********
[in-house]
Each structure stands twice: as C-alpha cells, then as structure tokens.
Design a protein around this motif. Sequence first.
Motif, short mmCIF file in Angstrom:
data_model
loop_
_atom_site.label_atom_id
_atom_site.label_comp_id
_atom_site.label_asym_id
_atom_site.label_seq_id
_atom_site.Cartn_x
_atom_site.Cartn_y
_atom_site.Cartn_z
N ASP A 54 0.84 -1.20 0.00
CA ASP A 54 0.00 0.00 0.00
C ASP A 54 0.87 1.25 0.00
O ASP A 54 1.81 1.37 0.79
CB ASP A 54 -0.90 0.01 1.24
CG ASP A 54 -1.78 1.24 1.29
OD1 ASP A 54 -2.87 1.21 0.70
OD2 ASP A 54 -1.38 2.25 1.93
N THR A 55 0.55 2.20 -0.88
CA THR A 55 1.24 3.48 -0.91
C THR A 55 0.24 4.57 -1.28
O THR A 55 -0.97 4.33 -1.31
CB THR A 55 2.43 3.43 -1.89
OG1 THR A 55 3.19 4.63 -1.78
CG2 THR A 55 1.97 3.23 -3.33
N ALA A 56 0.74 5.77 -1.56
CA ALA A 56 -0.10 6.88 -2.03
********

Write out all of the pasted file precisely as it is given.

[in-house]
Each structure stands twice: as C-alpha cells, then as structure tokens.
Design a protein around this motif. Sequence first.
Motif, short mmCIF file in Angstrom:
data_model
loop_
_atom_site.label_atom_id
_atom_site.label_comp_id
_atom_site.label_asym_id
_atom_site.label_seq_id
_atom_site.Cartn_x
_atom_site.Cartn_y
_atom_site.Cartn_z
N ASP A 54 0.84 -1.20 0.00
CA ASP A 54 0.00 0.00 0.00
C ASP A 54 0.87 1.25 0.00
O ASP A 54 1.81 1.37 0.79
CB ASP A 54 -0.90 0.01 1.24
CG ASP A 54 -1.78 1.24 1.29
OD1 ASP A 54 -2.87 1.21 0.70
OD2 ASP A 54 -1.38 2.25 1.93
N THR A 55 0.55 2.20 -0.88
CA THR A 55 1.24 3.48 -0.91
C THR A 55 0.24 4.57 -1.28
O THR A 55 -0.97 4.33 -1.31
CB THR A 55 2.43 3.43 -1.89
OG1 THR A 55 3.19 4.63 -1.78
CG2 THR A 55 1.97 3.23 -3.33
N ALA A 56 0.74 5.77 -1.56
CA ALA A 56 -0.10 6.88 -2.03